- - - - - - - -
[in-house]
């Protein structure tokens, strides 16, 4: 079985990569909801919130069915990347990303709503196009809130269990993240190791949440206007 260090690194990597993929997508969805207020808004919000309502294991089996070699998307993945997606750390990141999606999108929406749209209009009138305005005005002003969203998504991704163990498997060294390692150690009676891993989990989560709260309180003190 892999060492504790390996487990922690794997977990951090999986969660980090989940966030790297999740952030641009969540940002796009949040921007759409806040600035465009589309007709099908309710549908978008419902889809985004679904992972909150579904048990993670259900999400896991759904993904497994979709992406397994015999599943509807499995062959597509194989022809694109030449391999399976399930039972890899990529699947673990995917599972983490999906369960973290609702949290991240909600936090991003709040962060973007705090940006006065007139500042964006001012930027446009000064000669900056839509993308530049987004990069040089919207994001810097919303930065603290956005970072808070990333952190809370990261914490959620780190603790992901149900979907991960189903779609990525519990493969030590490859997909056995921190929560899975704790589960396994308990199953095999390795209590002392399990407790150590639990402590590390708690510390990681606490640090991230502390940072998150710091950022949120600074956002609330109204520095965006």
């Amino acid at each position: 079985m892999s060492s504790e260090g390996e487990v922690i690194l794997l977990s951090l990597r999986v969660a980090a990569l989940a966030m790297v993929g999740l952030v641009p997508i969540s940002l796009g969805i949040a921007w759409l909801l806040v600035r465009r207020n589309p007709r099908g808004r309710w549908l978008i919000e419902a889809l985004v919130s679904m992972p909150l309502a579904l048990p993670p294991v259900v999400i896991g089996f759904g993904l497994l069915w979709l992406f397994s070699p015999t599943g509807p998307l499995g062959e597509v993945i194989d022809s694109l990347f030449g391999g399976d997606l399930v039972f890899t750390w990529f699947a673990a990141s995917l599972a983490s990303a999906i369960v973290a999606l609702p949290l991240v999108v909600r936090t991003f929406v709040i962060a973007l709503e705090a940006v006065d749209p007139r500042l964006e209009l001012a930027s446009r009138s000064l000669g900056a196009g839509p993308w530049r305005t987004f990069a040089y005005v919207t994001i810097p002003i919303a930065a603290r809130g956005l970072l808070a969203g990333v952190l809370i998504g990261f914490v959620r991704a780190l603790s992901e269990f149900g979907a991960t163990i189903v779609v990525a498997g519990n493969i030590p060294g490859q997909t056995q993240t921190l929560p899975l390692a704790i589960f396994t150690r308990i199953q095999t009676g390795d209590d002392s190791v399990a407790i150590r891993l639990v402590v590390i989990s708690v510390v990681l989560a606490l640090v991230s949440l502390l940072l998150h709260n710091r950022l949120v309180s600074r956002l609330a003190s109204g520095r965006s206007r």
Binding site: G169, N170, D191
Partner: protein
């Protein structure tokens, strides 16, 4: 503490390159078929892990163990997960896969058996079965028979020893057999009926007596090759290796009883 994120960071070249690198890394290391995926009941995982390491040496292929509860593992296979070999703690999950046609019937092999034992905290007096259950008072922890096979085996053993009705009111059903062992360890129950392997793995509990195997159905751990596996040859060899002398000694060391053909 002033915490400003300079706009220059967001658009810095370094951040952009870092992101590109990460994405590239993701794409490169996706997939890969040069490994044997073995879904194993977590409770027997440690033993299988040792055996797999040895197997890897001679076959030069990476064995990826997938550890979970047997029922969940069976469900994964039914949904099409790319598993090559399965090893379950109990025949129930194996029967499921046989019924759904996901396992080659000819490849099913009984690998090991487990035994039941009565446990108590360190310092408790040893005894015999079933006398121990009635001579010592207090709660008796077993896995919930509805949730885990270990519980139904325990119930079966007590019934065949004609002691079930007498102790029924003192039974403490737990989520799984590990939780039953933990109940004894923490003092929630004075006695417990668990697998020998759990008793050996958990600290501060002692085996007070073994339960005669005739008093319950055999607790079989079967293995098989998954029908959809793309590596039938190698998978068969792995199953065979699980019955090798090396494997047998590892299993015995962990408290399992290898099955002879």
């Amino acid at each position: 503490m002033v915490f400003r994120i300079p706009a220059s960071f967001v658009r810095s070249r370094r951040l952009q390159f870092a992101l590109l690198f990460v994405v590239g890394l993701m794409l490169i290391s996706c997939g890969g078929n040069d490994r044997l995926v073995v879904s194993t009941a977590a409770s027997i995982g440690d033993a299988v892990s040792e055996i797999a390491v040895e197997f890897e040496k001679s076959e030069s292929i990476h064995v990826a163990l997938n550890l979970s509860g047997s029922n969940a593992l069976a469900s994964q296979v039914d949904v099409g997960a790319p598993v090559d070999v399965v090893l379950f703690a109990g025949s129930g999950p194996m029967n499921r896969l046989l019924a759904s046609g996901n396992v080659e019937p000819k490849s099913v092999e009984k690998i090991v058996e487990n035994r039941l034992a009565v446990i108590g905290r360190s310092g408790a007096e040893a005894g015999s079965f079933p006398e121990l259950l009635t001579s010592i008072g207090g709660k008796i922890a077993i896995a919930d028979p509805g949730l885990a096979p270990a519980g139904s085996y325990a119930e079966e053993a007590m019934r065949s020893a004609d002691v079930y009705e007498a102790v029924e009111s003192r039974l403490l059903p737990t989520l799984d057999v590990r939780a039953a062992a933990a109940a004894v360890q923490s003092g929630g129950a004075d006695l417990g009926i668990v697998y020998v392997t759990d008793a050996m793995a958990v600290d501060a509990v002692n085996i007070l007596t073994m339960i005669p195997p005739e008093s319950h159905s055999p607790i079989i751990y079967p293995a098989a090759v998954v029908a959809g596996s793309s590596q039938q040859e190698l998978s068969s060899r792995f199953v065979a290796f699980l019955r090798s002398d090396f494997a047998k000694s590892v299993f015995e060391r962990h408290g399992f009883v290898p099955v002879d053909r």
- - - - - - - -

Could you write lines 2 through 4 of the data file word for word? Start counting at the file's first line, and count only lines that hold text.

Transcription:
């Protein structure tokens, strides 16, 4: 079985990569909801919130069915990347990303709503196009809130269990993240190791949440206007 260090690194990597993929997508969805207020808004919000309502294991089996070699998307993945997606750390990141999606999108929406749209209009009138305005005005002003969203998504991704163990498997060294390692150690009676891993989990989560709260309180003190 892999060492504790390996487990922690794997977990951090999986969660980090989940966030790297999740952030641009969540940002796009949040921007759409806040600035465009589309007709099908309710549908978008419902889809985004679904992972909150579904048990993670259900999400896991759904993904497994979709992406397994015999599943509807499995062959597509194989022809694109030449391999399976399930039972890899990529699947673990995917599972983490999906369960973290609702949290991240909600936090991003709040962060973007705090940006006065007139500042964006001012930027446009000064000669900056839509993308530049987004990069040089919207994001810097919303930065603290956005970072808070990333952190809370990261914490959620780190603790992901149900979907991960189903779609990525519990493969030590490859997909056995921190929560899975704790589960396994308990199953095999390795209590002392399990407790150590639990402590590390708690510390990681606490640090991230502390940072998150710091950022949120600074956002609330109204520095965006």
């Amino acid at each position: 079985m892999s060492s504790e260090g390996e487990v922690i690194l794997l977990s951090l990597r999986v969660a980090a990569l989940a966030m790297v993929g999740l952030v641009p997508i969540s940002l796009g969805i949040a921007w759409l909801l806040v600035r465009r207020n589309p007709r099908g808004r309710w549908l978008i919000e419902a889809l985004v919130s679904m992972p909150l309502a579904l048990p993670p294991v259900v999400i896991g089996f759904g993904l497994l069915w979709l992406f397994s070699p015999t599943g509807p998307l499995g062959e597509v993945i194989d022809s694109l990347f030449g391999g399976d997606l399930v039972f890899t750390w990529f699947a673990a990141s995917l599972a983490s990303a999906i369960v973290a999606l609702p949290l991240v999108v909600r936090t991003f929406v709040i962060a973007l709503e705090a940006v006065d749209p007139r500042l964006e209009l001012a930027s446009r009138s000064l000669g900056a196009g839509p993308w530049r305005t987004f990069a040089y005005v919207t994001i810097p002003i919303a930065a603290r809130g956005l970072l808070a969203g990333v952190l809370i998504g990261f914490v959620r991704a780190l603790s992901e269990f149900g979907a991960t163990i189903v779609v990525a498997g519990n493969i030590p060294g490859q997909t056995q993240t921190l929560p899975l390692a704790i589960f396994t150690r308990i199953q095999t009676g390795d209590d002392s190791v399990a407790i150590r891993l639990v402590v590390i989990s708690v510390v990681l989560a606490l640090v991230s949440l502390l940072l998150h709260n710091r950022l949120v309180s600074r956002l609330a003190s109204g520095r965006s206007r």
Binding site: G169, N170, D191